Finally, we must determine whether the property at issue was "acquired" by the plaintiff after December 31, 1961, pursuant to section 48(b)(2). In this regard, we are guided by Treasury Regulation 1.48-2(b)(6), which states that "Property shall be deemed to be acquired when reduced to physical possession, or control." Our inquiry regarding the time of physical possession is simplified in this case, since Bethlehem was required under the contract to make an actual tender of delivery of the completed vessels to plaintiff. It is established that the actual delivery dates of the four vessels were as follows: the Leslie Lykes, February 2, 1962; the Brinton Lykes, June 29, 1962; the Shirley Lykes, August 31, 1962; and the Marjorie Lykes, November 16, 1962. On the delivery dates, the certifying documents for each vessel issued by the Coast Guard, the American Bureau of Shipping, the Public Health Service, and others were delivered to plaintiff.
Article I(b) of the Special Provisions section of the 1958 contract (FMB-83), which is substantially the same as Article I(b) in the contract signed in 1960, provided in pertinent part:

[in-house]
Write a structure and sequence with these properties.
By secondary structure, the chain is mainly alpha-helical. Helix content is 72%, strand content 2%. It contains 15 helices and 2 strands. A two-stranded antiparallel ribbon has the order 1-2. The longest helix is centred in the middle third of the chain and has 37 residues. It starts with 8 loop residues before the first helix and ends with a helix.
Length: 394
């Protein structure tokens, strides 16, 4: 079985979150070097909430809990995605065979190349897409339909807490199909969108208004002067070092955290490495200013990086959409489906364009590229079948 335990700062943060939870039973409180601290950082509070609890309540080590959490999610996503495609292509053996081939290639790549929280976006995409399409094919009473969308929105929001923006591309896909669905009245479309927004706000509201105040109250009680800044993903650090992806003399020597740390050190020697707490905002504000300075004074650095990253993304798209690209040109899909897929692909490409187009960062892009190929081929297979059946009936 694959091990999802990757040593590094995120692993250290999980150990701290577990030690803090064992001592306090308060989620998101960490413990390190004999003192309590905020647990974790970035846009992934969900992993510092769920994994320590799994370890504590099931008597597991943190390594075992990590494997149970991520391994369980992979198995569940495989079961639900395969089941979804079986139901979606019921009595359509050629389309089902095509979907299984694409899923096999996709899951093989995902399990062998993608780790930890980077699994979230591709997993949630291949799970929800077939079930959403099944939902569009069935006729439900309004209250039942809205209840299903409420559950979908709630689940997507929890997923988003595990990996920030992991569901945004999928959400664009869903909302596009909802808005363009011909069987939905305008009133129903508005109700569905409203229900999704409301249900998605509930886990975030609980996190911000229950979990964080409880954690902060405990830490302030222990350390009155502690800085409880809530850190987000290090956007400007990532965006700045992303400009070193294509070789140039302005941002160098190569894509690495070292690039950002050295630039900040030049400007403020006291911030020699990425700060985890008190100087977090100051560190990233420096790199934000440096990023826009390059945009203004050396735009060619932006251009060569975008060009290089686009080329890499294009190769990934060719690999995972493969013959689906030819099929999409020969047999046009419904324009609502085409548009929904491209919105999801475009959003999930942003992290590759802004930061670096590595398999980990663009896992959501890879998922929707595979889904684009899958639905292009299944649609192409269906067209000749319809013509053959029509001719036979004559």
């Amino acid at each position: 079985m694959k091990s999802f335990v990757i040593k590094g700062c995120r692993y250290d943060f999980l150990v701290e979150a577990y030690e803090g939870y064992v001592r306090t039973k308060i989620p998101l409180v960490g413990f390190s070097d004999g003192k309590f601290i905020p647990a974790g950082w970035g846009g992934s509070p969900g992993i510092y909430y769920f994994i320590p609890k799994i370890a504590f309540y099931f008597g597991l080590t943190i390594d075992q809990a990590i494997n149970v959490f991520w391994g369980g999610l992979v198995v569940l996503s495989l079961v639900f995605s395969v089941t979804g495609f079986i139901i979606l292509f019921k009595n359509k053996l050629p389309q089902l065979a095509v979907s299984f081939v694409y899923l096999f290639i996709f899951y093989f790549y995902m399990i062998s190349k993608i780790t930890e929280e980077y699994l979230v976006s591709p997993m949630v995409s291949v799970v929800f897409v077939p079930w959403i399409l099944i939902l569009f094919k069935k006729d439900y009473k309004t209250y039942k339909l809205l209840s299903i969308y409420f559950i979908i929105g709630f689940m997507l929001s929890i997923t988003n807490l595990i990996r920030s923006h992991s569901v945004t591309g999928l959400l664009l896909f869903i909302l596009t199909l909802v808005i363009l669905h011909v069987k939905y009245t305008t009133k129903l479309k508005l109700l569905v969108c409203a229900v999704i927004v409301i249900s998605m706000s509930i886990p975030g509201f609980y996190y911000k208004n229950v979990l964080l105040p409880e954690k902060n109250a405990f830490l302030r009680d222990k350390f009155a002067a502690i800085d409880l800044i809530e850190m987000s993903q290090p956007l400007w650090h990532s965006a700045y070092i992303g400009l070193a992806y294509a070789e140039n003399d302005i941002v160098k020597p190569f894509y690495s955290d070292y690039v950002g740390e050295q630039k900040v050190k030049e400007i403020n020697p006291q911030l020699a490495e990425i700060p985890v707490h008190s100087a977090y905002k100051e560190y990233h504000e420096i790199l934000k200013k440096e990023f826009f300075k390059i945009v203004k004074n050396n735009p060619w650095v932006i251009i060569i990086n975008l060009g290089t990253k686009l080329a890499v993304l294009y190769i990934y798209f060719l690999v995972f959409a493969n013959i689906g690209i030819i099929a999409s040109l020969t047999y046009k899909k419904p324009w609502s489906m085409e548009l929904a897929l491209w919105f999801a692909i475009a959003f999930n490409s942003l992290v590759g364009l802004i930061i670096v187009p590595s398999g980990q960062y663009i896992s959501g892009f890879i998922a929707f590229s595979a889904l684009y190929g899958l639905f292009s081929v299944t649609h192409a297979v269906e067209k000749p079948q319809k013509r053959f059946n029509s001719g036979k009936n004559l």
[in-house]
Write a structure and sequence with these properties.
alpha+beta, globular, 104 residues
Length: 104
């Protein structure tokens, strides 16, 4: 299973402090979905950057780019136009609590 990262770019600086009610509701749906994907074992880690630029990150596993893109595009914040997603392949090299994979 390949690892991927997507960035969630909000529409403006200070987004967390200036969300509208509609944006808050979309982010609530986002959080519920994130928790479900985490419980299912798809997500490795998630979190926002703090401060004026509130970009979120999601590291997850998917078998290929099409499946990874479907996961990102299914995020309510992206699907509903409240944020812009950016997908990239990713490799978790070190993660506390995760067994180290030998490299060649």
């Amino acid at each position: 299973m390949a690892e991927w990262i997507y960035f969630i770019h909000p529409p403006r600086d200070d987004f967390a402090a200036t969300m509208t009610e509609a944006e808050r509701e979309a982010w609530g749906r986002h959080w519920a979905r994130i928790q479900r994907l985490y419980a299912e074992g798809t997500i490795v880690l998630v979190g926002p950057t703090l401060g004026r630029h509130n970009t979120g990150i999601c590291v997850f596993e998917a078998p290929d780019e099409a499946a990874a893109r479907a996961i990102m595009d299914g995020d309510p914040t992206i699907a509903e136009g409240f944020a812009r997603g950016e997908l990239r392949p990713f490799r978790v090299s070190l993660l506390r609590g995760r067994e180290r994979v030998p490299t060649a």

"Upon completion of the work * * * and after passing the tests provided in the Plans and Specifications and this contract, the Vessels as completed shall be delivered to the Owner alongside a safe and accessible pier at the Shipyard * * * free and clear of all liens * * *. Upon such delivery, the Owner shall give the Contractor a receipt for the Vessels and shall * * * remove or cause the Vessels to be removed from the Shipyard."
The original delivery date scheduled for the Leslie Lykes in the contract was October 17, 1961, but the ship was actually delivered in 1962.